Do opposing solicitors have to help litigants in person?

litigant in person confusion solicitor help

In a recent case, a judge has confirmed that it is not up to one party to a claim to point out any errors which the other may have made.

In the case in question, a firm of solicitors failed to serve claim form upon another firm of solicitors, within the time limits for doing so. An argument was raised that this should have been flagged up by the solicitors who hadn't received the claim form. However this was robustly rejected by the judge.

This case has particular implications for litigants in person, that is, people who deal with their own claims in court rather than instructing solicitors. Without any legal training, it is quite possible but litigants in person could unwittingly make mistakes that could harm or even destroy their prospects of success. The recent decision highlighted above, suggests that even if there are solicitors acting on the other side, they would have no duty to advise the litigant in person about any errors they had made.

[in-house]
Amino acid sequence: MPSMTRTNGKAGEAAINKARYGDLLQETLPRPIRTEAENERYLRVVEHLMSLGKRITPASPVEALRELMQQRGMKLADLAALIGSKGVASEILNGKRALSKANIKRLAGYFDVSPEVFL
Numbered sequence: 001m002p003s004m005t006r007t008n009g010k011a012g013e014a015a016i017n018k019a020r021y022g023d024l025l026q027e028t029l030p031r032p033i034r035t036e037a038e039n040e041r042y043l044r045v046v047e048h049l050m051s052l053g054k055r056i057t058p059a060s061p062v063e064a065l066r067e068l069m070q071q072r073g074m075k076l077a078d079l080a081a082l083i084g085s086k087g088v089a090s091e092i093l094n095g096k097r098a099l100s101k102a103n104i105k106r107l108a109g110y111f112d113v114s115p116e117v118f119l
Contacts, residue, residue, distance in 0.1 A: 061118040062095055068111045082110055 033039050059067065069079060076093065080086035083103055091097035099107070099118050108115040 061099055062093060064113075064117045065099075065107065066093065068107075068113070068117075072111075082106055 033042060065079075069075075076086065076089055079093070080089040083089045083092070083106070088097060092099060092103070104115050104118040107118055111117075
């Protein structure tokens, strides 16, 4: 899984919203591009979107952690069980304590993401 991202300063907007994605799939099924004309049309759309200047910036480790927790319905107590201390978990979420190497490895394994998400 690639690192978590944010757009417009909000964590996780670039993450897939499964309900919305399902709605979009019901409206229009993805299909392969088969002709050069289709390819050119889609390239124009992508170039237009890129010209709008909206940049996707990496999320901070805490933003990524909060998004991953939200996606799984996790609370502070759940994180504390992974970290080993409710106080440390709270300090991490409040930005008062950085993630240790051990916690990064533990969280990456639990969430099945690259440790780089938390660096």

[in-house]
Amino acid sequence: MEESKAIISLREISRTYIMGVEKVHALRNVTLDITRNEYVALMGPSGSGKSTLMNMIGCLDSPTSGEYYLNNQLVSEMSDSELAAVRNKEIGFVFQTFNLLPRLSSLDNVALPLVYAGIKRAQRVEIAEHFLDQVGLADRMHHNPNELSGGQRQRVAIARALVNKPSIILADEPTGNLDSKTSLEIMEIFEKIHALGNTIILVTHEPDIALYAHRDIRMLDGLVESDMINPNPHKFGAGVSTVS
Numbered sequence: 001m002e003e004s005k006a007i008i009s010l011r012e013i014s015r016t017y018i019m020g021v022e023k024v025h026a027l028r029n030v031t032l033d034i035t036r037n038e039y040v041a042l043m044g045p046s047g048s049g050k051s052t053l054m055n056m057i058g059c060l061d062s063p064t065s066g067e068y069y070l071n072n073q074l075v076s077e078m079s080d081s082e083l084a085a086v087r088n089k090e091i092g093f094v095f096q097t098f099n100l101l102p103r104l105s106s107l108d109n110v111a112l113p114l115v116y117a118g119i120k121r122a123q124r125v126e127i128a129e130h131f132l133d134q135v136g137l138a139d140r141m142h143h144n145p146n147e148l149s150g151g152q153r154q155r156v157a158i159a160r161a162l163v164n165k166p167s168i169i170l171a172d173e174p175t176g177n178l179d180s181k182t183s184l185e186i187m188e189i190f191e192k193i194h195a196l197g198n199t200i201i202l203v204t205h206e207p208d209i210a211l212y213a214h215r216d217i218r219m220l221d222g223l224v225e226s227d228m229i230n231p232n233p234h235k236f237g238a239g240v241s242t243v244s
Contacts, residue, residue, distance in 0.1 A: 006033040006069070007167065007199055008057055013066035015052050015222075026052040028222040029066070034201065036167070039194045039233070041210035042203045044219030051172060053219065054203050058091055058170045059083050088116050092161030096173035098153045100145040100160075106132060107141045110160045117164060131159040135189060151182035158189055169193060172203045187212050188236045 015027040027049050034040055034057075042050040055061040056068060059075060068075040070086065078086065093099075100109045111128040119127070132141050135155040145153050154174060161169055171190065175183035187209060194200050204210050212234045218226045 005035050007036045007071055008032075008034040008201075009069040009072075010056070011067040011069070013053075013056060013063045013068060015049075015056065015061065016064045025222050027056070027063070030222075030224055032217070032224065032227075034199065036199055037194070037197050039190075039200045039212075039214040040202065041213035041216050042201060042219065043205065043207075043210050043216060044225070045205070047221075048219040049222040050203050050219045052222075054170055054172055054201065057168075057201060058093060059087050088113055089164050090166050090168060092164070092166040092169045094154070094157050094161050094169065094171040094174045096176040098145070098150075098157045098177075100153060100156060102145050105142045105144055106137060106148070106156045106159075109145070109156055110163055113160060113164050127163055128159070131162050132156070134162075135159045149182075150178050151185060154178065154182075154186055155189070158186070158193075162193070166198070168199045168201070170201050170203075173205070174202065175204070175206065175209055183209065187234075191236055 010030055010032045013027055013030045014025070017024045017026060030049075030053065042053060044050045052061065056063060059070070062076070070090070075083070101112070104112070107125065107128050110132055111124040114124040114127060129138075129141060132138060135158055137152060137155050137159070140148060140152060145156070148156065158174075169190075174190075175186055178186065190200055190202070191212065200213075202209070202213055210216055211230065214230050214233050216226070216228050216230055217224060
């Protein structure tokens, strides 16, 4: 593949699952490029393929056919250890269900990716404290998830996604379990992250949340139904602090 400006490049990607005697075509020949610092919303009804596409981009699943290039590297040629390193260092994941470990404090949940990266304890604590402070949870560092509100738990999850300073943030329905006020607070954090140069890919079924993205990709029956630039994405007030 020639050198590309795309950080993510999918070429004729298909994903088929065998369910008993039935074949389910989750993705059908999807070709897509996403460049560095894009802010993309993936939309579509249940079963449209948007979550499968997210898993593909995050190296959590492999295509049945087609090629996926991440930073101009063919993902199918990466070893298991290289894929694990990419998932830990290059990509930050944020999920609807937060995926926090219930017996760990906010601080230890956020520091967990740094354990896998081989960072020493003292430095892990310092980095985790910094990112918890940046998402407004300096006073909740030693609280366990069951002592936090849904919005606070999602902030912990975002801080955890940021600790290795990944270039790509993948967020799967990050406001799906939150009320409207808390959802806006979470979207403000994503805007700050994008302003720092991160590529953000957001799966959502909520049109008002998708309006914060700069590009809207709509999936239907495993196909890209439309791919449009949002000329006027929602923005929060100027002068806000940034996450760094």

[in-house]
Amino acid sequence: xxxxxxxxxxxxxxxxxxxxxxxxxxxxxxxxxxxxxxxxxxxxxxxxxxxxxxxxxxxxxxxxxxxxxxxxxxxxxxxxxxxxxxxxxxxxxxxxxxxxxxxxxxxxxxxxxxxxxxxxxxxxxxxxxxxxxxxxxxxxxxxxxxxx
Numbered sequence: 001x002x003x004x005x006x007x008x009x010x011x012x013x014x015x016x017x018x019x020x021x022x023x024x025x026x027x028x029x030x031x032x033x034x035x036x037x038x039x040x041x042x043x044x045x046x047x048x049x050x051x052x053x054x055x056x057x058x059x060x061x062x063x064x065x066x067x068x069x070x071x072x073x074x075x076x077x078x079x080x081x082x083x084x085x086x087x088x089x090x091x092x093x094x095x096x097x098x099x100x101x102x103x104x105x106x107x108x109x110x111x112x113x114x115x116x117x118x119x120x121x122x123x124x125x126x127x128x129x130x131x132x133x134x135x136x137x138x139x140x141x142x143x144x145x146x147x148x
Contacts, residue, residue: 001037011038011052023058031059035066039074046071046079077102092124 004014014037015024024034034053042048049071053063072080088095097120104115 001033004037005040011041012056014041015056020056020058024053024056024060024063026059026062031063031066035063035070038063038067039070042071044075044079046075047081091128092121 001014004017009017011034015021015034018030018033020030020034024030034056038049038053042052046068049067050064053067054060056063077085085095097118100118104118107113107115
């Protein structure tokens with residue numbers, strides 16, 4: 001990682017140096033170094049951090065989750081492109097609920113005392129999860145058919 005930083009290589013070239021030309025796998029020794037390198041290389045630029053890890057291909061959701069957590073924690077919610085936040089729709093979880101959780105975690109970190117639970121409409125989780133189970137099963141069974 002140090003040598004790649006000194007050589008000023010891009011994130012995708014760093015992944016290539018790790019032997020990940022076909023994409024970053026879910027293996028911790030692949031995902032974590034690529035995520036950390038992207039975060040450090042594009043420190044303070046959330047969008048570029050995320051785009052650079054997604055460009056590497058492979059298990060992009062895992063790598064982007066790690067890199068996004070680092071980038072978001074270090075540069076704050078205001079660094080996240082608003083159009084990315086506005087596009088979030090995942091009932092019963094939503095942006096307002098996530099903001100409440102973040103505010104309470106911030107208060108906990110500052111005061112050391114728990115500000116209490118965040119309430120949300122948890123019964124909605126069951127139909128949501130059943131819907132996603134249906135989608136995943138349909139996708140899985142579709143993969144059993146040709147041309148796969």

Judith Thompson, litigation partner at Samuels solicitors in Devon, says: "this decision may seem very harsh, but the judge considered arguments were made that unfair advantage was taken of a simple mistake, and rejected that proposition. This case highlights how important it is to take expert legal advice, at the very least on how a claim ought to be dealt with procedurally, at an early stage."

Samuels Solicitors has a wealth of experience assisting clients with litigation matters. We help clients with all aspects of claims, from advising on procedural steps that need to be taken, as well as going on the court's record and handling the whole case.

In certain cases, we are able to act for clients on a conditional (no win no fee) basis, but even where this is not possible, we are always willing to consider some sort of flexible funding arrangement with clients, to assist them with paying legal fees.

Contact us today for no obligation discussion about how we can help.

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